A few months after Michael Brown’s death in Ferguson, and with the country still electrified and polarized, the movie Selma premiered centering around Martin Luther King’s historic march for voting rights for black Americans. For the first time in many years, conversations on the often-unspoken racial tensions that still exist in modern day America were taking place all over the country. Spurred by these two-events Clarence decided to host a community dinner. Black and white guests were invited. The goal of the evening was not to “solve” racial problems, but rather to simply begin sharing stories related to racism, injustice, and reconciliation in the hopes of increasing awareness.

The atmosphere that evening mirrored the emotions of much of the country, intense, earnest, and humble.

John was one of the attendees invited by Clarence. After listening to the issues and discussions that night John left the dinner feeling that he needed to help bring about change. He decided to leverage his professional relationships by partnering with the local media to provide a bigger platform for stories like those he’d heard that evening, stories both disturbing and hopeful.

Eventually John and Clarence, two men from different backgrounds and with different spheres of influence, partnered with a handful of others to create United Voice Oklahoma (UVO).

Their vision was to bring together a multi-ethnic group of committed Christian men and women to help shift perceptions and local culture by telling stories of grace, kindness, and restitution.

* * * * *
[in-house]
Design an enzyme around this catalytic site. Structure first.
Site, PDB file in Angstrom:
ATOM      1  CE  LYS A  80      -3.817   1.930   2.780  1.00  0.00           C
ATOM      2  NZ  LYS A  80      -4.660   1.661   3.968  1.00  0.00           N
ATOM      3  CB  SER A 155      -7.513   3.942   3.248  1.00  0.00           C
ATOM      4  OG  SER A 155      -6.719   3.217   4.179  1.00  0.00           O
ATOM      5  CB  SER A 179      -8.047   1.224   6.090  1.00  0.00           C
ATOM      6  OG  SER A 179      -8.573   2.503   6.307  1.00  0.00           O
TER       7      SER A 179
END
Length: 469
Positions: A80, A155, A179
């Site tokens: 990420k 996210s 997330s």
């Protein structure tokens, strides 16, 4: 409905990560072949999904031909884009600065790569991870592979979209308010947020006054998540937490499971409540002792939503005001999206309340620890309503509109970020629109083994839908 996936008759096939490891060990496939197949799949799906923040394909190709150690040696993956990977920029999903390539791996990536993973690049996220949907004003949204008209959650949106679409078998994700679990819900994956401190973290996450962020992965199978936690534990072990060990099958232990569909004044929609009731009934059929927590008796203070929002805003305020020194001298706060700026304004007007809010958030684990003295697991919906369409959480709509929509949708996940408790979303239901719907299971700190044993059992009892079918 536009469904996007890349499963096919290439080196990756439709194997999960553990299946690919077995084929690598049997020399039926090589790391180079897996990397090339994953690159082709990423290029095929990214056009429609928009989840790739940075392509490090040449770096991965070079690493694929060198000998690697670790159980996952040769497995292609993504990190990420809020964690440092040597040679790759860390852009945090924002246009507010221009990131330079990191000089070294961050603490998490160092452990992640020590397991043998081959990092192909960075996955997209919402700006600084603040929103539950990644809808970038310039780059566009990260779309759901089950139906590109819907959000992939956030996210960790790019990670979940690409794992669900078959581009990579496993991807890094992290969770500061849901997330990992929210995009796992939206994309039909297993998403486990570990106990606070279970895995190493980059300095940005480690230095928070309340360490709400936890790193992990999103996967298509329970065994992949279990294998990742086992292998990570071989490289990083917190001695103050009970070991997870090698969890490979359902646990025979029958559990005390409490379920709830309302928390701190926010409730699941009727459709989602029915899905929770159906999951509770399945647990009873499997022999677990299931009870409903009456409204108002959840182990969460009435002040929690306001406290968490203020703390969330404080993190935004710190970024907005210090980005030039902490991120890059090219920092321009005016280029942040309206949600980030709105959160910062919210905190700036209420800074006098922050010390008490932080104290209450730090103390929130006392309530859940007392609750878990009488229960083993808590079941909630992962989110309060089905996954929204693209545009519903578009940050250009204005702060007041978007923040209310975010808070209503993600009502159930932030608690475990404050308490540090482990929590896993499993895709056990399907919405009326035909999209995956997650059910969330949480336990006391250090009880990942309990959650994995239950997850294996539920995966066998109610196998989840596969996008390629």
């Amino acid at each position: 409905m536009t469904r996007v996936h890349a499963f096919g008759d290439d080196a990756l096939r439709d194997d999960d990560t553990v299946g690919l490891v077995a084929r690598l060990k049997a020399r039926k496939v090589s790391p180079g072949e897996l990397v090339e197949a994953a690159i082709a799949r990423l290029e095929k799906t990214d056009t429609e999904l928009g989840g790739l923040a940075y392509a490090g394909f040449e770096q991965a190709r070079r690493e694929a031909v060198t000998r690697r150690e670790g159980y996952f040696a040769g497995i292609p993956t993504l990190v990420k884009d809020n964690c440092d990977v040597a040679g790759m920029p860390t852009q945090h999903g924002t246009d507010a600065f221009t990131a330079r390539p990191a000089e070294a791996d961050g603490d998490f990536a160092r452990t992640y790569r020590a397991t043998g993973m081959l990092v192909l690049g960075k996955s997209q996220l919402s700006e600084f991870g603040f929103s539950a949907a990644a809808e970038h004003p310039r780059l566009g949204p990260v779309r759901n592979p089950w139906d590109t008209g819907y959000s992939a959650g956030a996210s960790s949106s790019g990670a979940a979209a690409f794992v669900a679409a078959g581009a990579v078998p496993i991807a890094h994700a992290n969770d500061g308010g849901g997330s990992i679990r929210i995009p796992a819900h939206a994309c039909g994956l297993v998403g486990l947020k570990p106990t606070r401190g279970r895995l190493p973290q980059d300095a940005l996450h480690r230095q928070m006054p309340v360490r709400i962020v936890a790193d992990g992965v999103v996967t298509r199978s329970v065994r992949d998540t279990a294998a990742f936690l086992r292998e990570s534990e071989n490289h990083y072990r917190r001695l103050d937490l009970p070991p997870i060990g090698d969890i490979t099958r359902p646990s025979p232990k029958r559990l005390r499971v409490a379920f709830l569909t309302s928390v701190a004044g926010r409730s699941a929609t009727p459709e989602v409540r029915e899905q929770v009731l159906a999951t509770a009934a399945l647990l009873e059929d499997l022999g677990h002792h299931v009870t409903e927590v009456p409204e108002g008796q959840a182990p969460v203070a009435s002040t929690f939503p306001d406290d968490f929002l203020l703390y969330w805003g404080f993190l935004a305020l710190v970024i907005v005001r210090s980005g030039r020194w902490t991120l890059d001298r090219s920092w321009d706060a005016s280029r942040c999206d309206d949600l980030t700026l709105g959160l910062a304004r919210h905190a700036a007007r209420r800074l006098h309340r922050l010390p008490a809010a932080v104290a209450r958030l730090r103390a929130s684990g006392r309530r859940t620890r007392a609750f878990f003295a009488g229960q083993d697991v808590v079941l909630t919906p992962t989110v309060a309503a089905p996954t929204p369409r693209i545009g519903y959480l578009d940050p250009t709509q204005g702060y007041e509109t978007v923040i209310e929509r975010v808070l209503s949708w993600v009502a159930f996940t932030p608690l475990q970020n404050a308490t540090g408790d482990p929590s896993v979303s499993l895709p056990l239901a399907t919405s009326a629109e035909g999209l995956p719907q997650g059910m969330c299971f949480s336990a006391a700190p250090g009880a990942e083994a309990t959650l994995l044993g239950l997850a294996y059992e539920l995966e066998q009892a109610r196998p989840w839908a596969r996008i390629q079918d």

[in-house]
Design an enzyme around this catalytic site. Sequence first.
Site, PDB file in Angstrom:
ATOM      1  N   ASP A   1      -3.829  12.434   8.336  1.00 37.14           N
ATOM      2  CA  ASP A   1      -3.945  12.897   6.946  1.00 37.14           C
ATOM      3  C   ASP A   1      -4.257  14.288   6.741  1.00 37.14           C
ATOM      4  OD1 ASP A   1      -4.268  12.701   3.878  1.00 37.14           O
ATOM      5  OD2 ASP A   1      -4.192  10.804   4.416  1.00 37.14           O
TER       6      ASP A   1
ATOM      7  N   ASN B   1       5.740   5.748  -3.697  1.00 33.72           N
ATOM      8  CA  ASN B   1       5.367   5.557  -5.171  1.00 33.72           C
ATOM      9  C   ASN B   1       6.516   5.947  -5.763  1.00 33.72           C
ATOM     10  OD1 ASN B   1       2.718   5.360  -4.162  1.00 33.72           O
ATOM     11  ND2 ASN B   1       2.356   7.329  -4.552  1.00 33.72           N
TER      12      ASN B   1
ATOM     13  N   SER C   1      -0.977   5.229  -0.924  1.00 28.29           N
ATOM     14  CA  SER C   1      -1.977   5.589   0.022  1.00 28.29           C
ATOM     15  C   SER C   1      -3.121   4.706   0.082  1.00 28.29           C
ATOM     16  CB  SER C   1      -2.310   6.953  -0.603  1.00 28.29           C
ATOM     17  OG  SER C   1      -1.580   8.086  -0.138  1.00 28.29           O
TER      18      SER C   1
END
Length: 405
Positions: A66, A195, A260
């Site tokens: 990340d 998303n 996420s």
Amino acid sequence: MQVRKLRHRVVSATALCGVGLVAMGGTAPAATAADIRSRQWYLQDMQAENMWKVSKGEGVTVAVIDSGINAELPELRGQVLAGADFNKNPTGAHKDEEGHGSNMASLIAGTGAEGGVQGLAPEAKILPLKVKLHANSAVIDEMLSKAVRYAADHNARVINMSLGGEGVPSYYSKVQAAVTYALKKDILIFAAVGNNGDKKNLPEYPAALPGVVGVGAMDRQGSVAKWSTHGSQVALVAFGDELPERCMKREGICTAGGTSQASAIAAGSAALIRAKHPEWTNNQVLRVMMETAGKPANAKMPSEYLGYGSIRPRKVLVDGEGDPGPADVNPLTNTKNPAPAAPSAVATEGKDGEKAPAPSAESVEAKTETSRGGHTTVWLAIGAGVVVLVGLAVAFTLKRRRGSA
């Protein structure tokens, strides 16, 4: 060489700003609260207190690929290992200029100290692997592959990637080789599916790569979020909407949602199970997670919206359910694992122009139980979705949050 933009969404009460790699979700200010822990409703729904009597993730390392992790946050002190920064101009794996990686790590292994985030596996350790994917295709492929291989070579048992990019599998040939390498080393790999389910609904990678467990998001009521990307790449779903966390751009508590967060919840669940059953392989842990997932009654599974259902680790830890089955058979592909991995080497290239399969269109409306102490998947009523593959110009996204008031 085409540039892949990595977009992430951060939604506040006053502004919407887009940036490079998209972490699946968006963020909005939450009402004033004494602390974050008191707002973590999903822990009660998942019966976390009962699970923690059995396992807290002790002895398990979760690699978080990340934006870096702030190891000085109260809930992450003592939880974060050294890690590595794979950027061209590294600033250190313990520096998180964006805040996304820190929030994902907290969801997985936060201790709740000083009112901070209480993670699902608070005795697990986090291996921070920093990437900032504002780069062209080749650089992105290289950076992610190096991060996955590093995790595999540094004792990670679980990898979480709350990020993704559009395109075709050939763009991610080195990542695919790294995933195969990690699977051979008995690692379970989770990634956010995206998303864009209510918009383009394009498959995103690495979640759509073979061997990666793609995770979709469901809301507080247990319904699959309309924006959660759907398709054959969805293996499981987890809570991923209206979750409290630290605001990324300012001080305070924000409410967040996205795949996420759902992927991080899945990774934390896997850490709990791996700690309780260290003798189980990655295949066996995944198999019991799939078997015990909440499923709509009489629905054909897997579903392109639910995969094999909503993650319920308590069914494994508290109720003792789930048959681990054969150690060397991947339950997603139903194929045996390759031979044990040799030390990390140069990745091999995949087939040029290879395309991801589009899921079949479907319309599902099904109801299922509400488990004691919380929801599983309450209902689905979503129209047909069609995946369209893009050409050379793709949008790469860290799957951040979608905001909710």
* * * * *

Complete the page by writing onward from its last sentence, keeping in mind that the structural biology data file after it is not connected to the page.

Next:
Today the UVO team and community contributors, along with their media partners, discover stories which otherwise may not receive coverage and provide them to all of the Oklahoma City media outlets including radio, publications, and television. These outlets then weave the stories into their news coverage. To their knowledge it is the first time that competing media have partnered together to address racial reconciliation. In the last year-and-a-half alone they have shared more than 160 stories and have created a community “stage” for encouraging hard and healing conversations. They also host a podcast of in-depth conversations and stories on race relations seeking to practice the art of kindness, civil discourse, and authenticity.

One such story is that of Nate, the first black policeman in Moore, Oklahoma in the 1970s. As a committed Christian and a dedicated police officer Nate often found himself challenged because of the badge he wore and the faith he professed.

One day while responding to one of his first home calls he was taken aback when the homeowner phoned the police station to report a black man was impersonating an officer. Even after being told that Nate was the officer sent in response to his call the homeowner still asked to have a white officer sent.